Doggie said...

I haven't kept up with older posts and I almost missed you. Thank you!!!

mommo1 said...

1.) People drink champagne, not Cha paign. (From a previous blog.)
2.) koester's record business wasn't a store downstairs from "the garret" but a mail order business from "the garret" Once a montn Koester gathered some friends together to collate "The Jazz Report", a list he mailed out of 78's he had available for mail order sale. The garret was subleased from artist Bill Fett (note correct spelling.)
3.) Your dad left "spiders" in bottoms of beer bottles because he said that was where the saliva had accumulsted.
4.) Paul Schult (note correct spelling)did not paint during this period, but later, and attended Wash. U. school of Fine Arts.
5.) Chet Baker didn't play at Jacovac's Tavern at Manchester & Ecoff. Your dad was a member of St. Louis Jazz Club which held monthly meetings at various venues depending, I guess on cost and who they could get to play. Baker played at a small club on the south side of Delmar just east of Debalivere. Yes,we sat front row, right under Baker, and yes, you lay on your stomach across my knees and slept, not waking until we got up to leave at the end of the night. Around this same time our good friends, Bill (great pianist) and Georgia Shearer threw a farewell party for Bob and Ann Tschudin (spelling?), who were moving to San Juan PI and we put you on a quilt under their piano where you slept through most of the live music. WHY AREN' YOU DEAF?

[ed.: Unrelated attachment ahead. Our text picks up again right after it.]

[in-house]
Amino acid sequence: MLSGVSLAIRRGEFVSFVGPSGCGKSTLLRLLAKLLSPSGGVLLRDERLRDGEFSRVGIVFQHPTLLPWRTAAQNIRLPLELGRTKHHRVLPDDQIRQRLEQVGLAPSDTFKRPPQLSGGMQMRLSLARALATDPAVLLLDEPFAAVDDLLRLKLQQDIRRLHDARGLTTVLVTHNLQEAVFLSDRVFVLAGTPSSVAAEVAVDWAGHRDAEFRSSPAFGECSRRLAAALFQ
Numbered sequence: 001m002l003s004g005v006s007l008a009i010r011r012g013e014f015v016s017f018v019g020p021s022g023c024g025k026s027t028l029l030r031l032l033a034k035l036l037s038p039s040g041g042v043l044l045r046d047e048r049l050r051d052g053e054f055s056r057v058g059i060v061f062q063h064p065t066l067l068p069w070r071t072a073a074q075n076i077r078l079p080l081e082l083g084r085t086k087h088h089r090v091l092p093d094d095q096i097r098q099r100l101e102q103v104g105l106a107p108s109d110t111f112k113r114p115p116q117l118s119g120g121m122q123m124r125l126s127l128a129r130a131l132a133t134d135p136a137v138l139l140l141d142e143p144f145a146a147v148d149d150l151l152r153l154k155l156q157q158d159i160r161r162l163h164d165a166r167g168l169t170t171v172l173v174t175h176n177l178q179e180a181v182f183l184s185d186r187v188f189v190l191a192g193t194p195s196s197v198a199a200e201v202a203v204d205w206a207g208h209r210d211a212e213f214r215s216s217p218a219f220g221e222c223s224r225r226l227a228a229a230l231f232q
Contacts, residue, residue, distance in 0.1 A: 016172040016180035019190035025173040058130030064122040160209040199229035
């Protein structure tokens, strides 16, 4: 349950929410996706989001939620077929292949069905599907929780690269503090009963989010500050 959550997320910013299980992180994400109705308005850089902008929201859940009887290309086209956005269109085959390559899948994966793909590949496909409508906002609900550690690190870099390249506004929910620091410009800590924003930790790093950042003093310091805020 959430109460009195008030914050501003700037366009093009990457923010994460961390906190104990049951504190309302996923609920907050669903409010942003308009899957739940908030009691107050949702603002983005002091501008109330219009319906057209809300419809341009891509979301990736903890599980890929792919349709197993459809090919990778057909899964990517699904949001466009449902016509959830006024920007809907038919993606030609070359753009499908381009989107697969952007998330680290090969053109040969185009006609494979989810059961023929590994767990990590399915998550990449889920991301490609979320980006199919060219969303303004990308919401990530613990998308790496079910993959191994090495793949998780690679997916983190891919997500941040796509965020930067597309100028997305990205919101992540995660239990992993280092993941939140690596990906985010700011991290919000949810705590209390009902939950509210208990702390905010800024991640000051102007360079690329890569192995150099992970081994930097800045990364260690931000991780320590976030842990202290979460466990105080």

6.) I didn't kno Dolly Jacovac thought I was nuts! Hmmpf! Oh, well, we alwaya liked each other! In fact, I have pleasant memories of time spent at the Jacovac Tavern (although I don' drink), at the Jacovac clubhouse (including Shearer's and Kornacher's, and later after without yiur dad at the Jacovac home on Magnolia with you and yoir brother, Patrick.
Love, your Mom

mommo1 said...

Re: 5.) San Juan, PR. Where did I get PI? Thinking of Tom Sellek? Tee Hee!
Your Mom

St. Louis Restaurants said...

Hi David & Mommo1 - Hey, that comment about people perceiving you as "nuts" was meant in the best way and I include our whole family in that group. Yes, they were good memories. What are you doing now? Jovanka

Anonymous said...

Great to read your memories of Jakovacs from the old days. I was reading your comments and a lot of the old names connected to Jakovacs to my dad, Bill Mason. He remembers all of these names well, especially Bob Koester, who turned my Dad on to Jelly Roll Morton, Lu Watters and other traditional jazz greats. My Dad was a member of the Dixie Stompers back then, along with Glenn Meyer, Jimmy Haislip and others. My dad had some very fond memories of your father Jerry Udell, who was known back then as the "friendly green giant".